The available evidence seems to point not to one catastrophic phase of uplift, but to a slow and intermittent emergence, involving not only the old blocks, but also the younger folded areas of southern and eastern England. Many of those interested in the landforms of Britain have brought forward evidence for an intermittently falling base-level in the shape of successions of terraces and terrace-like forms extending to elevations as high as 2,000 ft or more, though often confined to lower elevations. Opinion has not been unanimous that these features are, in fact, terraces formed by erosion, neither is it finally agreed, assuming that these are terraces, by what particular processes of erosion they have been formed. The arguments as to the responsible processes are inconclusive, in view of the lack of fossiliferous deposits and the dangers of arguing from form alone, but for present purposes they are not of great significance. Whether a terrace at 1,500 ft is interpreted as subaerial or marine in origin does not affect the general conclusion that base-level must have been some 1,500 ft higher than at present during the formation of that terrace. Thus the idea of a sea-level falling since the middle of the Tertiary era from a level high up our present mountains, or of the intermittent and almost uniform uplift of the whole of Britain in the same period, cannot be escaped. As the terraces and terrace-like forms appear to be virtually horizontal, the former interpretation has been the favoured one in Britain.
The intermittently falling base-level has had two important effects on the relief of Britain. It has encouraged down-cutting at the expense of lateral erosion and back-wearing, thus ensuring the preservation of a youthful appearance in much of the relief. In addition, the probable emergence of more and more of Britain from beneath the sea is a useful hypothesis to account for the superimposed nature of the drainage of many parts of Britain, for example the Lake District, South Wales, and the Hampshire Basin.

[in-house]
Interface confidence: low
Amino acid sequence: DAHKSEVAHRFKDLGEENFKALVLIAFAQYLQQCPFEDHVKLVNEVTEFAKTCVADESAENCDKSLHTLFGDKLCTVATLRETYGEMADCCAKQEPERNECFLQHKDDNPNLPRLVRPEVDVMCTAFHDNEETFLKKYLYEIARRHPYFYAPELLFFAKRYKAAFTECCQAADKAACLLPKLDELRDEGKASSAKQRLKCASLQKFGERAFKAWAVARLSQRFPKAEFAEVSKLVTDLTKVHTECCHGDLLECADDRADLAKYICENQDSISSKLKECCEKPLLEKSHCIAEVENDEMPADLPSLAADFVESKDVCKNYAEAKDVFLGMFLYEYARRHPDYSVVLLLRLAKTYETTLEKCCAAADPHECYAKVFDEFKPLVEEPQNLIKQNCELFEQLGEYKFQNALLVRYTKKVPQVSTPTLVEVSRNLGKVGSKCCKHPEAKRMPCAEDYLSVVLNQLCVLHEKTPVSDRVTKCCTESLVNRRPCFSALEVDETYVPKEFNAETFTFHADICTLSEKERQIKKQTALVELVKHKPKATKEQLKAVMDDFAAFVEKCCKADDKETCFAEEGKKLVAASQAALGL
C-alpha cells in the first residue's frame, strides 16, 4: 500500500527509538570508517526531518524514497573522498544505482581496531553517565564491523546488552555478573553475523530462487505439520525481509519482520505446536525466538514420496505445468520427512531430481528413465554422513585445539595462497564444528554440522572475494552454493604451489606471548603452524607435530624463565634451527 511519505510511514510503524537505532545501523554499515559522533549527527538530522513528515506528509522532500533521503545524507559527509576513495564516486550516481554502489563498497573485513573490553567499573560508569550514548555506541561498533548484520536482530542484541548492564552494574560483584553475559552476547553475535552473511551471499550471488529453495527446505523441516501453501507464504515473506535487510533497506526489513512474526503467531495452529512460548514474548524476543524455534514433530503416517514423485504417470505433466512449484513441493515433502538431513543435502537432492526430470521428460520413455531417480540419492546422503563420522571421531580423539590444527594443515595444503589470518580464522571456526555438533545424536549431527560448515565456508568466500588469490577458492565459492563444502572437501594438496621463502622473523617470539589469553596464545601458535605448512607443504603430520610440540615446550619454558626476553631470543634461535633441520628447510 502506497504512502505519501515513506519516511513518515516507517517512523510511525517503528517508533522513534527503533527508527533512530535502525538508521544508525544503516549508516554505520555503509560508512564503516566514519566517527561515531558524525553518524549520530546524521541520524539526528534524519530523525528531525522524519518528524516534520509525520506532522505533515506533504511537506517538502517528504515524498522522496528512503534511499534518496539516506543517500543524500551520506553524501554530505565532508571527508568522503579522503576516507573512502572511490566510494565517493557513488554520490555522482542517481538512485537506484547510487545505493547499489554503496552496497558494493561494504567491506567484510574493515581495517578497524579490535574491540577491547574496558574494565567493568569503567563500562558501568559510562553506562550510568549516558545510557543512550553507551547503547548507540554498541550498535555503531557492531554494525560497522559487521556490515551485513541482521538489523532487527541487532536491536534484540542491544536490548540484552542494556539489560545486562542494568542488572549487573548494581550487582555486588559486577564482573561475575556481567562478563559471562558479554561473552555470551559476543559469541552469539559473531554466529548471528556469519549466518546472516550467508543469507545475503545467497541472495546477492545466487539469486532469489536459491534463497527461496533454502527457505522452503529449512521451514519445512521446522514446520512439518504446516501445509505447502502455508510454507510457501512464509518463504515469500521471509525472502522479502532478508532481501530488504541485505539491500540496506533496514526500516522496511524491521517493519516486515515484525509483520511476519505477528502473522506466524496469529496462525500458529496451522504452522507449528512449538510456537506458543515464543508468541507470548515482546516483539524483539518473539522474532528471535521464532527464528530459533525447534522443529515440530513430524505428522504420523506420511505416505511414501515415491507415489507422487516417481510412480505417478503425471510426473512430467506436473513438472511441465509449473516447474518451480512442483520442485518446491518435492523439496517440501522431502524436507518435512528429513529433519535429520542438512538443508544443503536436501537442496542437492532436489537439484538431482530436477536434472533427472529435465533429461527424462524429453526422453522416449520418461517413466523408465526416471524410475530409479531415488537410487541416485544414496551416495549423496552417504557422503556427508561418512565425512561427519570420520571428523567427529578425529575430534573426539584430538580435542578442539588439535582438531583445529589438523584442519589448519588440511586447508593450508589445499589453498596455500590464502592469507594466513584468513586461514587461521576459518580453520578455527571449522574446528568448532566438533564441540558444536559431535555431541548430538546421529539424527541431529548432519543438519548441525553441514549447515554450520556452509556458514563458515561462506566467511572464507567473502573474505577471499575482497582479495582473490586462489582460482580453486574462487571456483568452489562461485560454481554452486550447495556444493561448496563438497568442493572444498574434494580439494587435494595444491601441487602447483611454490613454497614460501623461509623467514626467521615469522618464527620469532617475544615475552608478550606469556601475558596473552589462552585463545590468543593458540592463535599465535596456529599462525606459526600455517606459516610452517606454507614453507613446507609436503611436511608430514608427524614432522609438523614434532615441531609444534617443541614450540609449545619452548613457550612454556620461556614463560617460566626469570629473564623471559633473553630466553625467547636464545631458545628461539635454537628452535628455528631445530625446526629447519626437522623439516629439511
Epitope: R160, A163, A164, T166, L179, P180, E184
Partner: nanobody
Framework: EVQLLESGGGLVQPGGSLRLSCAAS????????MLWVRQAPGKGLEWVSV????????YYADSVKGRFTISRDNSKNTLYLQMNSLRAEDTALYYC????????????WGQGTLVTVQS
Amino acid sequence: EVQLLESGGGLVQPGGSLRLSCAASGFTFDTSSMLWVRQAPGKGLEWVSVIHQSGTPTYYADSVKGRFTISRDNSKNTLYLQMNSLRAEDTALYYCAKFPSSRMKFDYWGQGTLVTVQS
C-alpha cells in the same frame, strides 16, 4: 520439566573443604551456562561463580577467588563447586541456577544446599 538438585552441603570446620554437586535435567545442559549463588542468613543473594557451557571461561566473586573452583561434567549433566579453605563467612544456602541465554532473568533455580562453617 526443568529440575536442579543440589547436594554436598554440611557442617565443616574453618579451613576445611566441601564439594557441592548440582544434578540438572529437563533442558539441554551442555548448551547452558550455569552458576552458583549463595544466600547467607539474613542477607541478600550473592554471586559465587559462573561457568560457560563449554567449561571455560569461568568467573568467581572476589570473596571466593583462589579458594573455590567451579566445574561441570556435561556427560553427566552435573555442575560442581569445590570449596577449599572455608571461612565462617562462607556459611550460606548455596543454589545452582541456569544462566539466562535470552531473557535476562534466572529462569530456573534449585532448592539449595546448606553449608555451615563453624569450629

The evolution of the relief of Britain was disturbed violently by the advent of the Ice Age. Although opinion on the number and relative importance of glacial and interglacial periods is open at present and awaits evidence provided by deep borings, it seems to be beyond question that Britain was glaciated more than once, although there is considerable doubt whether the classic pattern of four glaciations can be read into the available evidence. But this is a stratigraphical rather than a geographical problem.
The presence on the western side of the land of the uplifted plateaux of old rocks directly in the path of winds from the Atlantic led to the accumulation of the main ice caps on the Highlands of Scotland, the Lake District and Wales. Thus Britain shows a repetition on a smaller scale of the pattern of ice caps in Europe, with the largest one in Scandinavia and smaller ones to the east on the various mountains of the U.S.S.R. where the precipitation was insufficient for their best development. The location of the ice caps is presumptive evidence for the continuation in the Ice Age of an atmospheric circulation not vastly different from the present one and against the assumption of a vast, permanent glacial anticyclone with outblowing easterly winds.
The ice flowed, with velocity depending on its surface gradient, from these centres of accumulation into the eastern and southern lowlands where it spread out, slowed down and finally halted, when wastage equalled supply. The structural and relief divisions have thus been accentuated by an agent of erosion, the distribution of which they helped to control. The western highlands not only possessed ice caps for the longest periods, but were also subjected to the greatest glacial erosion for ice was moving rapidly over them. Ice erosion was dominant here and has left a characteristic imprint which subsequent subaerial erosion has had little effect in modifying.
The lowlands of Britain are areas of glacial deposition rather than glacial erosion with the form of the deposits varying to some extent with the age of the glaciation and their proximity to the highlands. The areas nearest to the highlands are characterized by those forms depending on the moulding of drift by rapidly moving ice, notably drumlins, while areas near the ice margins are commonly buried beneath featureless sheets of boulder clay. Well-preserved depositional forms are found mainly in the area covered by the last glaciation, the area of the Newer Drift, and so are not found south of York except in coastal Lincolnshire and north Norfolk.